On ABC Radio’s The Science Show David Spiegelhalter uses the example of Paul the octopus allegedly predicting football matches during the 2010 World Cup to argue that the public has a minimal understanding of probabilities: Probability – public show the understanding of an octopus
Also on ABC, By Design features an interview with Richard Rogers, one of the world’s most celebrated living architects who is responsible for the Pompidou Centre in Paris and, in London, the high tech headquarters of Lloyd’s, the Millennium Dome and Heathrow Terminal Five.
In The Guardian Joe Moran argues that The printed book is not dead yet. I particularly enjoyed the comments about George Mackay Brown, the luddite Orkney poet who regarded the industrial revolution as an unmitigated disaster. He would rail against voguish inventions such as transistor radios and telephones.
In The Boston Review Stanford biologist Deborah M.Gordon looks at Ant Colonies. Here is an extract:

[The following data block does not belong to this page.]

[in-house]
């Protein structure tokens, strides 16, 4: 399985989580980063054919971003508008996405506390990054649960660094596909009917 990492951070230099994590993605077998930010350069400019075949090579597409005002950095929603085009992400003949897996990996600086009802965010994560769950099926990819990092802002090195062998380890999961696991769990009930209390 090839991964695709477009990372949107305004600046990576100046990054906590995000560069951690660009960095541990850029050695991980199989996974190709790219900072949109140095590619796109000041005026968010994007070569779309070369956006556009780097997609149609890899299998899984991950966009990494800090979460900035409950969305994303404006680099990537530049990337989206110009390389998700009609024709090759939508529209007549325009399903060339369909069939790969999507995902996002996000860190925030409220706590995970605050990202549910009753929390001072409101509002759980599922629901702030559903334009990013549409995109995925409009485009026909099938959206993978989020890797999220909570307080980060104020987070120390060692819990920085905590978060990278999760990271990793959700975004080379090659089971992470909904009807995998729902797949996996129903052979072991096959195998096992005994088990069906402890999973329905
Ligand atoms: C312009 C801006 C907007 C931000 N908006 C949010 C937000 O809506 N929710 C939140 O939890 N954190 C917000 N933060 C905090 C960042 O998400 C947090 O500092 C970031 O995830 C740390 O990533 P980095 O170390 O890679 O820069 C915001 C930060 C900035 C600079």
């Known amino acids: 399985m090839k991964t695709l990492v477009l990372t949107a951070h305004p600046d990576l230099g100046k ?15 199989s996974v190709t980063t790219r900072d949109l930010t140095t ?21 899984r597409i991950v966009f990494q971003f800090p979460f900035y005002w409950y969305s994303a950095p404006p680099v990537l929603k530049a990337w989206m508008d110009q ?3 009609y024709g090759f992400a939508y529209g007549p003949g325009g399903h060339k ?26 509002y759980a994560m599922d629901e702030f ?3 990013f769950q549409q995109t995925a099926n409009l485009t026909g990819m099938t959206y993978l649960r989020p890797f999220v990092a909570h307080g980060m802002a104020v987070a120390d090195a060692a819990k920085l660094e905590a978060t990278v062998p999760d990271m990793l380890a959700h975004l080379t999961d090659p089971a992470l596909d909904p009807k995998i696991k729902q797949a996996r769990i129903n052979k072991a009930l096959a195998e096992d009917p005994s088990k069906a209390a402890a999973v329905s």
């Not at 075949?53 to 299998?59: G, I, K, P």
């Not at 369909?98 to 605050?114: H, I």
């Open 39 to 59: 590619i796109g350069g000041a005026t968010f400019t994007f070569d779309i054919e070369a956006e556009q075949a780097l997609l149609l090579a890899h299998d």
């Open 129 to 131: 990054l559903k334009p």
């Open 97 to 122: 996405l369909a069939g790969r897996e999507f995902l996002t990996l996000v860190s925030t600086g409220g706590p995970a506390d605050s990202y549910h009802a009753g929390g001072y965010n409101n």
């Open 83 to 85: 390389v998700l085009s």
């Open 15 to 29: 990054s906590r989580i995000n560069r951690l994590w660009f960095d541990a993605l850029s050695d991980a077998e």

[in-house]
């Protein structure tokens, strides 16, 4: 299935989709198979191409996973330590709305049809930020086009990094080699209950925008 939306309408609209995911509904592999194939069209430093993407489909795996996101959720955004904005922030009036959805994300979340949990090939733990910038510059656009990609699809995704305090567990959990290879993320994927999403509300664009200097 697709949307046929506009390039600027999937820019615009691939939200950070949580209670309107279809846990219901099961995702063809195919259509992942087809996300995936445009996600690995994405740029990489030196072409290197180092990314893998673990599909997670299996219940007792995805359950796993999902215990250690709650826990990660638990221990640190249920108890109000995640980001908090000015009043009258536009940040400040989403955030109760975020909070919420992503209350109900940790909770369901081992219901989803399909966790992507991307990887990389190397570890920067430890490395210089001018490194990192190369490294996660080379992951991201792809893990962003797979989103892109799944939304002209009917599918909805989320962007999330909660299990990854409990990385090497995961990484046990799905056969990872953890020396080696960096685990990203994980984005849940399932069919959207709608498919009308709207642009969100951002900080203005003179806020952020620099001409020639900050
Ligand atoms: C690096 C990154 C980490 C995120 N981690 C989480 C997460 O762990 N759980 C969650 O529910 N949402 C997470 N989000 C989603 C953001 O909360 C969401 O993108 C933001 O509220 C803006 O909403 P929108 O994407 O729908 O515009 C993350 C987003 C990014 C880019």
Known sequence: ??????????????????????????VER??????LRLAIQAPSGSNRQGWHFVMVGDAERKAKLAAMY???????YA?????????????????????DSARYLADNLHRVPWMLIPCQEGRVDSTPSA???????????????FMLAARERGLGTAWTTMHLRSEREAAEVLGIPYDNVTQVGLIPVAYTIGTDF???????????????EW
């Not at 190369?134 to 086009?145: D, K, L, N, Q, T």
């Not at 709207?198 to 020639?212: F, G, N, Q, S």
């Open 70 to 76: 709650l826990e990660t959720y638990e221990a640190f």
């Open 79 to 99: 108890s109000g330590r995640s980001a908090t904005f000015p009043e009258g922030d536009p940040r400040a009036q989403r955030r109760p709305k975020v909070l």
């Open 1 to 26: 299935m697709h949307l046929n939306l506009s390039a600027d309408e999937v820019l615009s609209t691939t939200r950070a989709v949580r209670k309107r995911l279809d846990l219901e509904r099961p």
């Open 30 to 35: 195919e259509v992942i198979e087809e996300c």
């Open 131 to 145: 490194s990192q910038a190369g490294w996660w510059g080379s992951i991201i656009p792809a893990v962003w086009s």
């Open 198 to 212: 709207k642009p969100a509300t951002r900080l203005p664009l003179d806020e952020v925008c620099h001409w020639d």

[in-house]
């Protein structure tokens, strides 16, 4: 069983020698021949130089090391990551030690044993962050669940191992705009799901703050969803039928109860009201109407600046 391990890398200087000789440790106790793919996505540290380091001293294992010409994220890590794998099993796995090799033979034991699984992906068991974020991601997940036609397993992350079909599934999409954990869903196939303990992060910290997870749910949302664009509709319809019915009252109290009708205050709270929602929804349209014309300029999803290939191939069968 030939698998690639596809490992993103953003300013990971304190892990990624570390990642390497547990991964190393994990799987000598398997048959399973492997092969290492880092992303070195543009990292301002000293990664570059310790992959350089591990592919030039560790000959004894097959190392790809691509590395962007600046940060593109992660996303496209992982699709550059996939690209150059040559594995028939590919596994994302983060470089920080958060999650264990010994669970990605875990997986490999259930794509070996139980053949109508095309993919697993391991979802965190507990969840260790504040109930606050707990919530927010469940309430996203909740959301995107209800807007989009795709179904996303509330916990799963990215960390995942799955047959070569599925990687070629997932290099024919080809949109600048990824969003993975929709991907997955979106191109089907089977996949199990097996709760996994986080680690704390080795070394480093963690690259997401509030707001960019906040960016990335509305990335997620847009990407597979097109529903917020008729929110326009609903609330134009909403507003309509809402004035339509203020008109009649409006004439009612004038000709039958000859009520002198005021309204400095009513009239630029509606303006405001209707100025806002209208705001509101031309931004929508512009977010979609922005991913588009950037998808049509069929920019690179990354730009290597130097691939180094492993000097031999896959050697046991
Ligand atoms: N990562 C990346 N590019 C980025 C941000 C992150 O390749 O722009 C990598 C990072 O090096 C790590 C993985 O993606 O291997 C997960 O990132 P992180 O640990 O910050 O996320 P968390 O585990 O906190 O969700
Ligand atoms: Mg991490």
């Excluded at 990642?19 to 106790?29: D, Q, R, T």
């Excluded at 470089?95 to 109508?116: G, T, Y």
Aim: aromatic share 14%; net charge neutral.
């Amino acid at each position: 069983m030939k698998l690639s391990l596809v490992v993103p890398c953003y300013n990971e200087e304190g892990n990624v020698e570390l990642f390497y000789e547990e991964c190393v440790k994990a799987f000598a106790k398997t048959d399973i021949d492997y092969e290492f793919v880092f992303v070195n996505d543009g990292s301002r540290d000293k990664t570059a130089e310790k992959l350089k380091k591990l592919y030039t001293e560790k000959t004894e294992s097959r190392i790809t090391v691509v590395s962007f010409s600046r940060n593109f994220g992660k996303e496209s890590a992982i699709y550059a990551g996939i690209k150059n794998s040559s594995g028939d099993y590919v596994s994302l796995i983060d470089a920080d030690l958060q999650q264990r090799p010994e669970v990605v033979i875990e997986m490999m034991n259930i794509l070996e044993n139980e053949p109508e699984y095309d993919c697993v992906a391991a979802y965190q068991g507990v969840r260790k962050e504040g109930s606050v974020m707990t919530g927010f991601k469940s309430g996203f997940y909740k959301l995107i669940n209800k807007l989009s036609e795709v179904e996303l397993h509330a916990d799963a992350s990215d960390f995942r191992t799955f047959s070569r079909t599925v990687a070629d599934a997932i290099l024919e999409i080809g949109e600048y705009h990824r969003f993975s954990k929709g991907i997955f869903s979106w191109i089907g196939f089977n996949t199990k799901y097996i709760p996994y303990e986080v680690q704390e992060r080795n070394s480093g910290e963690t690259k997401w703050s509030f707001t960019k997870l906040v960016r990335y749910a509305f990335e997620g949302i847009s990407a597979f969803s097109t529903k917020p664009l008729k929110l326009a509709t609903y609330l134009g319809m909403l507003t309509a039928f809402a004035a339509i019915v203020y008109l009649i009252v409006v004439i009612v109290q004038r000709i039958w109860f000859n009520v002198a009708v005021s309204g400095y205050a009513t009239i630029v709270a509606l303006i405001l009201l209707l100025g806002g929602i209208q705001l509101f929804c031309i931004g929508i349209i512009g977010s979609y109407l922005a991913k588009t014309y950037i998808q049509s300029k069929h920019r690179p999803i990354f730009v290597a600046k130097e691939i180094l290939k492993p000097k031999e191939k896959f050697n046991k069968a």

Our fascination with ants has led to engaging stories about them, from the Iliad’s Myrmidons to Antz’s Z, as well as a growing body of research by biologists. Though the ant colonies of fable and film often are invested with the hierarchical organization characteristic of human societies, a real ant colony operates without direction or management. New research is showing us how ant colonies get things done without anyone being in charge. Ants, it turns out, have much to teach us about the decentralized networks that operate in many biological systems, in which local interactions produce global behavior, without the guidance of any central intelligence or authority.
The article is called Colonial Studies.